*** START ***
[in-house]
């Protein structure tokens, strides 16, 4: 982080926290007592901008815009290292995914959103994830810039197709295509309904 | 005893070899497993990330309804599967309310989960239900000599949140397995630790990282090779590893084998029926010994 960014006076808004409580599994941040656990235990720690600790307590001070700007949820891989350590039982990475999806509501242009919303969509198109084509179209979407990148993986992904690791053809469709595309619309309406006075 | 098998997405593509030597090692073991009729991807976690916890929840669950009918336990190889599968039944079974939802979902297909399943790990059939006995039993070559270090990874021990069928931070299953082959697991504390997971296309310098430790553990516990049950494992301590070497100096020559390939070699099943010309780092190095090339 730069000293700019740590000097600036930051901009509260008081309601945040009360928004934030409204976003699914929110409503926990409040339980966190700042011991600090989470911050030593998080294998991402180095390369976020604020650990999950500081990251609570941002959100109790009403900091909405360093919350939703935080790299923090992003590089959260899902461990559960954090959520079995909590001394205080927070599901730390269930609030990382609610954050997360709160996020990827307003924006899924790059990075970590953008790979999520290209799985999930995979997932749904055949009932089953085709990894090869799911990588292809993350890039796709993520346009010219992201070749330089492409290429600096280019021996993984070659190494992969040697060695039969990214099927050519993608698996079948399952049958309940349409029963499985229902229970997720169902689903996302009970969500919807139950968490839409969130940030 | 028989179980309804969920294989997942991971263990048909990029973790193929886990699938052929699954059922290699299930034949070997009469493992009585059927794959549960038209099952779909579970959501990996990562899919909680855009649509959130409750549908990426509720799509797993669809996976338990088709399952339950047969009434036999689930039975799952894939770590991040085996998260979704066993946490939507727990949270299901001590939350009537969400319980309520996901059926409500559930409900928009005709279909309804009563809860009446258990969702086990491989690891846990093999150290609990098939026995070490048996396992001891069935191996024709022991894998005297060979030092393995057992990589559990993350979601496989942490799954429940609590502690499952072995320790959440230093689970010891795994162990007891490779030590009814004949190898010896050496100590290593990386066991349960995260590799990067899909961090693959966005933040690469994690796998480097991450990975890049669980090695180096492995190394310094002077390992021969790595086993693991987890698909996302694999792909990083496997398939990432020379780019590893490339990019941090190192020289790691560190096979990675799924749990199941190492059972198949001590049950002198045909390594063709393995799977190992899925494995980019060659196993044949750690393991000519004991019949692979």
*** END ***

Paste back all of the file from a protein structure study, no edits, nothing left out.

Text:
[in-house]
């Protein structure tokens, strides 16, 4: 982080926290007592901008815009290292995914959103994830810039197709295509309904 | 005893070899497993990330309804599967309310989960239900000599949140397995630790990282090779590893084998029926010994 960014006076808004409580599994941040656990235990720690600790307590001070700007949820891989350590039982990475999806509501242009919303969509198109084509179209979407990148993986992904690791053809469709595309619309309406006075 | 098998997405593509030597090692073991009729991807976690916890929840669950009918336990190889599968039944079974939802979902297909399943790990059939006995039993070559270090990874021990069928931070299953082959697991504390997971296309310098430790553990516990049950494992301590070497100096020559390939070699099943010309780092190095090339 730069000293700019740590000097600036930051901009509260008081309601945040009360928004934030409204976003699914929110409503926990409040339980966190700042011991600090989470911050030593998080294998991402180095390369976020604020650990999950500081990251609570941002959100109790009403900091909405360093919350939703935080790299923090992003590089959260899902461990559960954090959520079995909590001394205080927070599901730390269930609030990382609610954050997360709160996020990827307003924006899924790059990075970590953008790979999520290209799985999930995979997932749904055949009932089953085709990894090869799911990588292809993350890039796709993520346009010219992201070749330089492409290429600096280019021996993984070659190494992969040697060695039969990214099927050519993608698996079948399952049958309940349409029963499985229902229970997720169902689903996302009970969500919807139950968490839409969130940030 | 028989179980309804969920294989997942991971263990048909990029973790193929886990699938052929699954059922290699299930034949070997009469493992009585059927794959549960038209099952779909579970959501990996990562899919909680855009649509959130409750549908990426509720799509797993669809996976338990088709399952339950047969009434036999689930039975799952894939770590991040085996998260979704066993946490939507727990949270299901001590939350009537969400319980309520996901059926409500559930409900928009005709279909309804009563809860009446258990969702086990491989690891846990093999150290609990098939026995070490048996396992001891069935191996024709022991894998005297060979030092393995057992990589559990993350979601496989942490799954429940609590502690499952072995320790959440230093689970010891795994162990007891490779030590009814004949190898010896050496100590290593990386066991349960995260590799990067899909961090693959966005933040690469994690796998480097991450990975890049669980090695180096492995190394310094002077390992021969790595086993693991987890698909996302694999792909990083496997398939990432020379780019590893490339990019941090190192020289790691560190096979990675799924749990199941190492059972198949001590049950002198045909390594063709393995799977190992899925494995980019060659196993044949750690393991000519004991019949692979």